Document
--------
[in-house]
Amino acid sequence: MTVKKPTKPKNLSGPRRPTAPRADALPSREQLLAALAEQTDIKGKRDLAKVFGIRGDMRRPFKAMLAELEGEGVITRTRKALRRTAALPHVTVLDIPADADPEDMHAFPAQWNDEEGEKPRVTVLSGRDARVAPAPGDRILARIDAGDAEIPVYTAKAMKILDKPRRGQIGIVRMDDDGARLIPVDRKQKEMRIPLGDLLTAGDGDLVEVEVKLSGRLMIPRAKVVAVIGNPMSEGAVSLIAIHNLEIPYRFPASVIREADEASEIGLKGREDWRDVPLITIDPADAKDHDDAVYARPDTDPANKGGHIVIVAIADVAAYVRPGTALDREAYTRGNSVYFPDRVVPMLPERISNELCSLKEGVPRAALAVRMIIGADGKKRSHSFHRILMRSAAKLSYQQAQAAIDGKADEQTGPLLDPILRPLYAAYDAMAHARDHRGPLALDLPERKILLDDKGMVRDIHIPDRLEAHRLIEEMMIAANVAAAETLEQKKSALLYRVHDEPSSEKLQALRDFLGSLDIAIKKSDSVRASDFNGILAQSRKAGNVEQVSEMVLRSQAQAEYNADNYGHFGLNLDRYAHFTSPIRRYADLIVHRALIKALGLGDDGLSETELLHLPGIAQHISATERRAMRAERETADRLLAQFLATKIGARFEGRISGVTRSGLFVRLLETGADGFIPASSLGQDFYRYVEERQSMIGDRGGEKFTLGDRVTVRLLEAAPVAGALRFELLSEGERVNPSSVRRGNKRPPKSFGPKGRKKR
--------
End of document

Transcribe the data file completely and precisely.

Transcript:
[in-house]
Amino acid sequence: MTVKKPTKPKNLSGPRRPTAPRADALPSREQLLAALAEQTDIKGKRDLAKVFGIRGDMRRPFKAMLAELEGEGVITRTRKALRRTAALPHVTVLDIPADADPEDMHAFPAQWNDEEGEKPRVTVLSGRDARVAPAPGDRILARIDAGDAEIPVYTAKAMKILDKPRRGQIGIVRMDDDGARLIPVDRKQKEMRIPLGDLLTAGDGDLVEVEVKLSGRLMIPRAKVVAVIGNPMSEGAVSLIAIHNLEIPYRFPASVIREADEASEIGLKGREDWRDVPLITIDPADAKDHDDAVYARPDTDPANKGGHIVIVAIADVAAYVRPGTALDREAYTRGNSVYFPDRVVPMLPERISNELCSLKEGVPRAALAVRMIIGADGKKRSHSFHRILMRSAAKLSYQQAQAAIDGKADEQTGPLLDPILRPLYAAYDAMAHARDHRGPLALDLPERKILLDDKGMVRDIHIPDRLEAHRLIEEMMIAANVAAAETLEQKKSALLYRVHDEPSSEKLQALRDFLGSLDIAIKKSDSVRASDFNGILAQSRKAGNVEQVSEMVLRSQAQAEYNADNYGHFGLNLDRYAHFTSPIRRYADLIVHRALIKALGLGDDGLSETELLHLPGIAQHISATERRAMRAERETADRLLAQFLATKIGARFEGRISGVTRSGLFVRLLETGADGFIPASSLGQDFYRYVEERQSMIGDRGGEKFTLGDRVTVRLLEAAPVAGALRFELLSEGERVNPSSVRRGNKRPPKSFGPKGRKKR